Waithman, Robert (DNB00)

From Wikisource
Jump to: navigation, search

WAITHMAN, ROBERT (1764–1833), political reformer, born at Wrexham in 1764, was the son of John Waithman (d. 1764) of Bersham furnace, near Wrexham, who married at Wrexham church, on 29 Jan. 1761, Mary Roberts. His father died when Robert was an infant, and in September 1776 the widow married Thomas Mires, a furnaceman working under John Wilkinson, the great ironmaster of Bersham.

Robert was placed by an uncle in the school of a Mr. Moore. About 1778 he obtained a situation at Reading. He then went to a linendraper's shop in London until he came of age. About 1786 he opened a shop of his own at the south end of Fleet Market, and on 14 July 1787 married his first cousin, Mary Davis of Red Lion Street, Holborn. After some years he moved into larger premises at Nos. 103 and 104 Fleet Street, at the corner of that thoroughfare and New Bridge Street; the shop was demolished about 1870 to make room for Ludgate Circus. He amassed a considerable fortune, and then retired in favour of his sons.

Under the influence of the French revolution Waithman threw himself into politics, and used to declaim at the meetings of a debating society in Founders' Hall, Lothbury. In 1794 he brought forward resolutions at the Common Hall in favour of reform and against prosecuting a war with France, but his proposals were rejected. He was a member of the company of ‘Framework Knitters,’ and in 1796 was elected on the common council for the ward of Farringdon Without, soon becoming one of its leading orators. His education had been insufficient, but he did not neglect his opportunities for improvement. He was one of the men, prominent in politics and literature, who met at the Chapter coffee-house, near St. Paul's Cathedral. Waithman contested the representation of the city of London in 1812, but was beaten, though he polled 2,622 votes. In 1818 he was elected, displacing Sir William Curtis [q. v.], a tory member; but at the next election in 1820 Curtis, after a severe fight, snatched the seat from him. Waithman was again elected, after a fierce struggle, in 1826, and he retained his seat at the general elections of 1830, 1831, and 1832. He spoke often, and consistently advocated liberal opinions, but was opposed to free trade. A speech by him on Sir Francis Burdett's motion for reform on 1 July 1819 is reported in ‘Hansard,’ xl. 1483–93, and was printed separately in 1823. On 4 Aug. 1818 Waithman was elected as alderman for his ward of Farringdon Without. At the close of the following year the court of aldermen commenced proceedings against him for having obstructed the election of a lord mayor; but the rule against him was on 10 June 1820 discharged by the court of king's bench with costs. Samuel Bamford speaks of him about this time as soured by the opposition he met with in the city (Passages in Life of a Radical, ii. 45); but his public career throughout was marked by talent and energy. He became sheriff of London and Middlesex in 1820, and on the day of the funeral of Queen Caroline was very conspicuous in his official capacity. In October 1833 he was elected lord mayor. On his retirement next year his opponents printed a satirical volume of the 'Maxims of Robert, Lord Waithman, some while Chief Magistrate of London,' which went through several issues. He was a candidate for the city chamberlainship in 1831, but was not successful.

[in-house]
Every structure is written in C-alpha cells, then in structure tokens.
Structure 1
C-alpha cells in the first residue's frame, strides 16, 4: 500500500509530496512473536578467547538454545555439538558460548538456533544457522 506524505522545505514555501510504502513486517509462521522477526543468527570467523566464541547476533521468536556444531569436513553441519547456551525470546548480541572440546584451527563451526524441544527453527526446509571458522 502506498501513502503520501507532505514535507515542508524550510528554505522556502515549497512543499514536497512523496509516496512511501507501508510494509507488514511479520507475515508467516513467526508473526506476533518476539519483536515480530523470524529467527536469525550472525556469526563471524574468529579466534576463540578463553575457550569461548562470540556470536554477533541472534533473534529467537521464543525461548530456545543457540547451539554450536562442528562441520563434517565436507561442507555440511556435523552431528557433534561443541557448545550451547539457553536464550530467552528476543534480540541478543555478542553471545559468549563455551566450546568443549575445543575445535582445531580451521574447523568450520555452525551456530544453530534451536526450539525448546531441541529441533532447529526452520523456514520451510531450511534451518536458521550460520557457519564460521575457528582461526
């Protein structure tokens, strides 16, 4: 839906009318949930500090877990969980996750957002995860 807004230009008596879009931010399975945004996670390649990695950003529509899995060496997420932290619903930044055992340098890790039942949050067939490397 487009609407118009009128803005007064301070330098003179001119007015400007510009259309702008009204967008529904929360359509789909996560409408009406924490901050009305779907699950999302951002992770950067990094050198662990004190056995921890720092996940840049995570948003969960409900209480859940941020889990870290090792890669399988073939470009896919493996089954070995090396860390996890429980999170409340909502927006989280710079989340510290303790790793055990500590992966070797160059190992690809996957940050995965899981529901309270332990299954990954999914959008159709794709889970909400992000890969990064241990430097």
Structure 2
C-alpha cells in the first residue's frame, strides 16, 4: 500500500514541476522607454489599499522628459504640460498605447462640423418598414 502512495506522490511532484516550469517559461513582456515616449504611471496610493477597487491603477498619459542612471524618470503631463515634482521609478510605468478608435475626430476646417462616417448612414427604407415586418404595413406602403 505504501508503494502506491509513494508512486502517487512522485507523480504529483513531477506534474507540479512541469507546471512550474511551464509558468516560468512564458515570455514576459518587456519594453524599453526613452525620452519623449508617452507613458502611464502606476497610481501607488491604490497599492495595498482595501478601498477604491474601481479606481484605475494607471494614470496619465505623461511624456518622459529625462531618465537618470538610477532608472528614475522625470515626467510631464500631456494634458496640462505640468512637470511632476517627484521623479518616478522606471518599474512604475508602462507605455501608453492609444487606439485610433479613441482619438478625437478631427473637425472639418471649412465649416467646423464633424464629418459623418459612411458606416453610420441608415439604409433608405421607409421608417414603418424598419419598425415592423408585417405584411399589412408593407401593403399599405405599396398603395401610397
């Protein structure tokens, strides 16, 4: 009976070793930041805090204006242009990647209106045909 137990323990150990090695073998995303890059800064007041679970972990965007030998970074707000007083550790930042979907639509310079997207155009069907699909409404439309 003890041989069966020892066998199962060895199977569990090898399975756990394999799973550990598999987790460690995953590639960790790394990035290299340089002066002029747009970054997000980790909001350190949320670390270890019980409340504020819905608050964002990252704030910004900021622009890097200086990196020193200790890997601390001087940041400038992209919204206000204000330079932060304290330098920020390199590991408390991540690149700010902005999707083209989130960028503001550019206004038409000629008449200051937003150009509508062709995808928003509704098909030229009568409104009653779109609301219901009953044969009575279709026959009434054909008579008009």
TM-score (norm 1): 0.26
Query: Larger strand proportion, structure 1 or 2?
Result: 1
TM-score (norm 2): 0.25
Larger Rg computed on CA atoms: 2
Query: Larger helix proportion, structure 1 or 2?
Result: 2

Waithman died at his house in Woburn Place, London, on 6 Feb. 1833, and was buried in the church of St. Bride, Fleet Street, on 14 Feb. His wife was buried there on 8 Sept. 1827, aged 66. They had a large family. On the south wall of the west porch under the lower is a tablet with an inscription to him, 'the friend of liberty in evil times and of parliamentary reform in its adverse days.' An obelisk, erected 'by his friends and fellow-citizens' in 1833, stands in the northern half of Ludgate Circus, adjoining the spot where his first shop stood. Waithman's portrait by William Patten [see under Patten, George, presented by his family to the corporation of London, is in the Guildhall. A portrait by C. Holroyd was engraved by R. Cooper for the 'Aurora Borealis,' 16 Sept. 1821, and another painting of him in his robes as lord mayor was engraved by C. S. Taylor for the 'Now European Magazine,' 1 Dec. 1823; a full-length, drawn by Richard Dighton in 1818, is in the Wrexham free library. Waithman was the author of a pamphlet entitled 'War proved to be the Real Cause of the Present Scarcity' (1800; four editions), and a 'Letter to the Governors of Christ's Hospital, 1808,' on some children who had been admitted there for education, although their parents were in affluent circumstances. [Gent. Mag. 1787 ii. 638, 1833 i. 178-80, ii. 558; Georgian Era, i. 581-2; Biogr. Dict. of Living Authors, 1816; Orridge's London Citizens. p. 262; Welch's Modern London, pp. 120, 131, 149, 161, 170-1 (with portrait after Patren); Palmers Wrexham, iv. 279-80; Williams's Dict. of Eminent Welshmen, pp. 515-16: Thombury's Old and New London, i. 66, 68, 413, 641; Cunningham's London, ed. Wheatley. i. 239. ii. 32, 55; information from Rev. E. C. Hawkins. vicar of St. Bride, Fleet Street, and Mr. Peart, sexton

and parish clerk.]

W. P. C.